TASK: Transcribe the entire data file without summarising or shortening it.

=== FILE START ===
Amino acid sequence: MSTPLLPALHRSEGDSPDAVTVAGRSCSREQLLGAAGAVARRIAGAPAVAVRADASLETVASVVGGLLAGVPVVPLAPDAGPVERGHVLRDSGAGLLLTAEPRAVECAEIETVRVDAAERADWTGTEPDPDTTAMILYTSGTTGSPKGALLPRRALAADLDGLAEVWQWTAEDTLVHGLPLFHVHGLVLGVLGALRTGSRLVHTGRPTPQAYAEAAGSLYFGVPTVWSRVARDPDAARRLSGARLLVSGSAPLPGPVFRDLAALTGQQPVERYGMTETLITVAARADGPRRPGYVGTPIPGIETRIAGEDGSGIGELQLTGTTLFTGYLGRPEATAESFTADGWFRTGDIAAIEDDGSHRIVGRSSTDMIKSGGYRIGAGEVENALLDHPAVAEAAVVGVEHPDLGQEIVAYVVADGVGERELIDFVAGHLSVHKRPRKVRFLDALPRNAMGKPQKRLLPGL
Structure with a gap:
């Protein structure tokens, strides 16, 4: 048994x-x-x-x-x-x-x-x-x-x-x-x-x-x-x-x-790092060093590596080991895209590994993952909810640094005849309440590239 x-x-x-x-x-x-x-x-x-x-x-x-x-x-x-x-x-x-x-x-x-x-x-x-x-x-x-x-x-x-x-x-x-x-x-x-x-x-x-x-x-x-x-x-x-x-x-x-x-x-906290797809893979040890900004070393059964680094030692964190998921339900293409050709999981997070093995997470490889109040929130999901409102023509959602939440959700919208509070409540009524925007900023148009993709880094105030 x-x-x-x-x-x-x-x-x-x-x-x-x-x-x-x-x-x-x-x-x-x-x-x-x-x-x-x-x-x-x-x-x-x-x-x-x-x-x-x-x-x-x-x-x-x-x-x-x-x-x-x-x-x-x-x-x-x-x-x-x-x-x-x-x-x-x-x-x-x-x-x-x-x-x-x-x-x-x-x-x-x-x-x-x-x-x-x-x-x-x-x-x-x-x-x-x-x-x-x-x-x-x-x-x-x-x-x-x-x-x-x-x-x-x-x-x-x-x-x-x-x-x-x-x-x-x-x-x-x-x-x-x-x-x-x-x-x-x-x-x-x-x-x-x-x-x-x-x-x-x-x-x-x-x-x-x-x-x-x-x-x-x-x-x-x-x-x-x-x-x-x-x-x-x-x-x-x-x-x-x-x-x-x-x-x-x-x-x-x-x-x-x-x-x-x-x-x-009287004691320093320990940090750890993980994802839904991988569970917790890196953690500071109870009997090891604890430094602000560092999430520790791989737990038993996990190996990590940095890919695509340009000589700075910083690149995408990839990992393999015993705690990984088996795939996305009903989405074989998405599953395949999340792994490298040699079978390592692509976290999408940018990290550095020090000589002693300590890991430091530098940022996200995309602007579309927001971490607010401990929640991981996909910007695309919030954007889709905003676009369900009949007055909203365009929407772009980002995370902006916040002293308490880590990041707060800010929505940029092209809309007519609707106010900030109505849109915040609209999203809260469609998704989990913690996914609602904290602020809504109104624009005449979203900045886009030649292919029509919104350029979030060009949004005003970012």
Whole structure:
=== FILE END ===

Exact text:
Amino acid sequence: MSTPLLPALHRSEGDSPDAVTVAGRSCSREQLLGAAGAVARRIAGAPAVAVRADASLETVASVVGGLLAGVPVVPLAPDAGPVERGHVLRDSGAGLLLTAEPRAVECAEIETVRVDAAERADWTGTEPDPDTTAMILYTSGTTGSPKGALLPRRALAADLDGLAEVWQWTAEDTLVHGLPLFHVHGLVLGVLGALRTGSRLVHTGRPTPQAYAEAAGSLYFGVPTVWSRVARDPDAARRLSGARLLVSGSAPLPGPVFRDLAALTGQQPVERYGMTETLITVAARADGPRRPGYVGTPIPGIETRIAGEDGSGIGELQLTGTTLFTGYLGRPEATAESFTADGWFRTGDIAAIEDDGSHRIVGRSSTDMIKSGGYRIGAGEVENALLDHPAVAEAAVVGVEHPDLGQEIVAYVVADGVGERELIDFVAGHLSVHKRPRKVRFLDALPRNAMGKPQKRLLPGL
Structure with a gap:
């Protein structure tokens, strides 16, 4: 048994x-x-x-x-x-x-x-x-x-x-x-x-x-x-x-x-790092060093590596080991895209590994993952909810640094005849309440590239 x-x-x-x-x-x-x-x-x-x-x-x-x-x-x-x-x-x-x-x-x-x-x-x-x-x-x-x-x-x-x-x-x-x-x-x-x-x-x-x-x-x-x-x-x-x-x-x-x-x-906290797809893979040890900004070393059964680094030692964190998921339900293409050709999981997070093995997470490889109040929130999901409102023509959602939440959700919208509070409540009524925007900023148009993709880094105030 x-x-x-x-x-x-x-x-x-x-x-x-x-x-x-x-x-x-x-x-x-x-x-x-x-x-x-x-x-x-x-x-x-x-x-x-x-x-x-x-x-x-x-x-x-x-x-x-x-x-x-x-x-x-x-x-x-x-x-x-x-x-x-x-x-x-x-x-x-x-x-x-x-x-x-x-x-x-x-x-x-x-x-x-x-x-x-x-x-x-x-x-x-x-x-x-x-x-x-x-x-x-x-x-x-x-x-x-x-x-x-x-x-x-x-x-x-x-x-x-x-x-x-x-x-x-x-x-x-x-x-x-x-x-x-x-x-x-x-x-x-x-x-x-x-x-x-x-x-x-x-x-x-x-x-x-x-x-x-x-x-x-x-x-x-x-x-x-x-x-x-x-x-x-x-x-x-x-x-x-x-x-x-x-x-x-x-x-x-x-x-x-x-x-x-x-x-x-009287004691320093320990940090750890993980994802839904991988569970917790890196953690500071109870009997090891604890430094602000560092999430520790791989737990038993996990190996990590940095890919695509340009000589700075910083690149995408990839990992393999015993705690990984088996795939996305009903989405074989998405599953395949999340792994490298040699079978390592692509976290999408940018990290550095020090000589002693300590890991430091530098940022996200995309602007579309927001971490607010401990929640991981996909910007695309919030954007889709905003676009369900009949007055909203365009929407772009980002995370902006916040002293308490880590990041707060800010929505940029092209809309007519609707106010900030109505849109915040609209999203809260469609998704989990913690996914609602904290602020809504109104624009005449979203900045886009030649292919029509919104350029979030060009949004005003970012």
Whole structure: